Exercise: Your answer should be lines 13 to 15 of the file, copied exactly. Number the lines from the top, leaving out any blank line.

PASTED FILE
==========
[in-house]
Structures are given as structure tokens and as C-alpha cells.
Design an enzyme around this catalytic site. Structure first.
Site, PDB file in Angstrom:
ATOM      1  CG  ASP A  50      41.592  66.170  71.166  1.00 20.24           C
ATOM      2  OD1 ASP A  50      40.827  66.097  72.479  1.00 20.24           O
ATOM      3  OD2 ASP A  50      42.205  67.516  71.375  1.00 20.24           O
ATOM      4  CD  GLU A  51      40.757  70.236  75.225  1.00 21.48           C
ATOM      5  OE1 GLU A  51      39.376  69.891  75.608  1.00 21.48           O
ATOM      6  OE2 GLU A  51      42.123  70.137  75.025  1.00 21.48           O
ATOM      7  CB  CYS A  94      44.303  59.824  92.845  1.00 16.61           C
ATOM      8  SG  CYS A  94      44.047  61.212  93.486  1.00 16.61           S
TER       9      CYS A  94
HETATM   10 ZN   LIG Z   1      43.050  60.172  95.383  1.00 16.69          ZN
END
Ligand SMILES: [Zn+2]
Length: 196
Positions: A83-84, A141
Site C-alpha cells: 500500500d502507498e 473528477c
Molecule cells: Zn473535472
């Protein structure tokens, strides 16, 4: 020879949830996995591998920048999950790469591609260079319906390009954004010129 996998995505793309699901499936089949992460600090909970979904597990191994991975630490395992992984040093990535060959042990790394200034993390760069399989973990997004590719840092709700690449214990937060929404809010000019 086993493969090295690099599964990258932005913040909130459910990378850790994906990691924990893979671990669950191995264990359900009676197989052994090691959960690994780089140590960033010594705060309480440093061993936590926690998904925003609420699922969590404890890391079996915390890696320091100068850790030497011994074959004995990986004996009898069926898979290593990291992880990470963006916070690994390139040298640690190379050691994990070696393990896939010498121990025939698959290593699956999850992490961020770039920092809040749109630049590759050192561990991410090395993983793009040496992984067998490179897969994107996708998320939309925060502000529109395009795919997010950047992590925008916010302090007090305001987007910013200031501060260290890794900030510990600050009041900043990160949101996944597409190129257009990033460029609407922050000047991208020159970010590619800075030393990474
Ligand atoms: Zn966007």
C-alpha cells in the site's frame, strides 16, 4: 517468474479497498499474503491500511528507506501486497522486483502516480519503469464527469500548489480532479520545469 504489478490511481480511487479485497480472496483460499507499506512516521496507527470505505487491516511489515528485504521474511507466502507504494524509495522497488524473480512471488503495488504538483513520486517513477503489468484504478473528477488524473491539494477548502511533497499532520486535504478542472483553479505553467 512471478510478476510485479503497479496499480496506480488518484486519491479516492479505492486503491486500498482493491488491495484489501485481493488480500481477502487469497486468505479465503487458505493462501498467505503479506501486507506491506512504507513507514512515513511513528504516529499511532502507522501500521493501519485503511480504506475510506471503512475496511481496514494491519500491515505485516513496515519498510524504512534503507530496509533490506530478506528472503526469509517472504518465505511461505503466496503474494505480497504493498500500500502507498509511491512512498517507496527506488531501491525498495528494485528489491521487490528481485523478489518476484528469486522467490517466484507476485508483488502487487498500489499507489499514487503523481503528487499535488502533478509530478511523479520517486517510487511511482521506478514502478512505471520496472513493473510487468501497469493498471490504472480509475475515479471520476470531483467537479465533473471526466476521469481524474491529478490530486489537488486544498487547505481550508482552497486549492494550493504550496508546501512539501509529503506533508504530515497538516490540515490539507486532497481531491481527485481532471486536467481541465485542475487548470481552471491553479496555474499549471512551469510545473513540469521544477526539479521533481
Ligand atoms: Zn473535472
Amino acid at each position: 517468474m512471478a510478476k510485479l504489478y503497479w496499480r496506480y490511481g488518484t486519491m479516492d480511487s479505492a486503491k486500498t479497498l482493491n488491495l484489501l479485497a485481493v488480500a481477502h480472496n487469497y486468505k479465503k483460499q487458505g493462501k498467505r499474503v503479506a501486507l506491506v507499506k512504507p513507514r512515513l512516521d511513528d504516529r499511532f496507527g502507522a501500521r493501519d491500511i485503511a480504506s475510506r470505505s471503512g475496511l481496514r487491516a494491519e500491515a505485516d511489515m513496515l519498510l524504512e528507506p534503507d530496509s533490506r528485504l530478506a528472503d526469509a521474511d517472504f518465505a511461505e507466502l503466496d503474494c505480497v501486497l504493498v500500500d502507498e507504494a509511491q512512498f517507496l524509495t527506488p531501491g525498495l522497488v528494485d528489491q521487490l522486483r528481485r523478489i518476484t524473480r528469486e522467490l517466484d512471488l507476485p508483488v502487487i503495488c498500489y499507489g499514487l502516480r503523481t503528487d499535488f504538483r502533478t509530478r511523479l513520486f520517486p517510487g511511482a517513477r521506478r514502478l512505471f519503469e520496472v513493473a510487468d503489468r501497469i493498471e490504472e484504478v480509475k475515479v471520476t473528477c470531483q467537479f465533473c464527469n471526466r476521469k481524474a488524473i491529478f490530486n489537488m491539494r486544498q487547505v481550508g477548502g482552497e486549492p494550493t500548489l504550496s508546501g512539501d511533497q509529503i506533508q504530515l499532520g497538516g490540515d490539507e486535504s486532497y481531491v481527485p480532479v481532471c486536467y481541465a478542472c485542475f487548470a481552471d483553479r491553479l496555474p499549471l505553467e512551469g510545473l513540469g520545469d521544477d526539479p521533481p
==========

TER       9      CYS A  94
HETATM   10 ZN   LIG Z   1      43.050  60.172  95.383  1.00 16.69          ZN
END